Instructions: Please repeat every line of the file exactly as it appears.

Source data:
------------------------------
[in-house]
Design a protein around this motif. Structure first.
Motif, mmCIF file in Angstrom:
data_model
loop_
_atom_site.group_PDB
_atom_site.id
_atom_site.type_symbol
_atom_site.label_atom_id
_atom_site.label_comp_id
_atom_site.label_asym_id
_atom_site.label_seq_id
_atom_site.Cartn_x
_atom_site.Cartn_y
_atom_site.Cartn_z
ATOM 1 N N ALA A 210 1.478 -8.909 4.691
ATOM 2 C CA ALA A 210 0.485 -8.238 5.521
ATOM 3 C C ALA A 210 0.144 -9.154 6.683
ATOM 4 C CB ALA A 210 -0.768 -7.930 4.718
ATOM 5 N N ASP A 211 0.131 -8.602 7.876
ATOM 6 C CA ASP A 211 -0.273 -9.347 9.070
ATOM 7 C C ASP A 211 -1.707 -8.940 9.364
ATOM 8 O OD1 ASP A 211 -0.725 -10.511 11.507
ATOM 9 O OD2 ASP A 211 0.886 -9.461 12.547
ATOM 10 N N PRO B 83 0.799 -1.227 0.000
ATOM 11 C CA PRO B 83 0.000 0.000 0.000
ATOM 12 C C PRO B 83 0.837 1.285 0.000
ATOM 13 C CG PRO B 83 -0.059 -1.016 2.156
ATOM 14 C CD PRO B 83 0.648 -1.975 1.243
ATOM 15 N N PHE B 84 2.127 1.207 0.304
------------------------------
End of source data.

[in-house]
Design a protein around this motif. Structure first.
Motif, mmCIF file in Angstrom:
data_model
loop_
_atom_site.group_PDB
_atom_site.id
_atom_site.type_symbol
_atom_site.label_atom_id
_atom_site.label_comp_id
_atom_site.label_asym_id
_atom_site.label_seq_id
_atom_site.Cartn_x
_atom_site.Cartn_y
_atom_site.Cartn_z
ATOM 1 N N ALA A 210 1.478 -8.909 4.691
ATOM 2 C CA ALA A 210 0.485 -8.238 5.521
ATOM 3 C C ALA A 210 0.144 -9.154 6.683
ATOM 4 C CB ALA A 210 -0.768 -7.930 4.718
ATOM 5 N N ASP A 211 0.131 -8.602 7.876
ATOM 6 C CA ASP A 211 -0.273 -9.347 9.070
ATOM 7 C C ASP A 211 -1.707 -8.940 9.364
ATOM 8 O OD1 ASP A 211 -0.725 -10.511 11.507
ATOM 9 O OD2 ASP A 211 0.886 -9.461 12.547
ATOM 10 N N PRO B 83 0.799 -1.227 0.000
ATOM 11 C CA PRO B 83 0.000 0.000 0.000
ATOM 12 C C PRO B 83 0.837 1.285 0.000
ATOM 13 C CG PRO B 83 -0.059 -1.016 2.156
ATOM 14 C CD PRO B 83 0.648 -1.975 1.243
ATOM 15 N N PHE B 84 2.127 1.207 0.304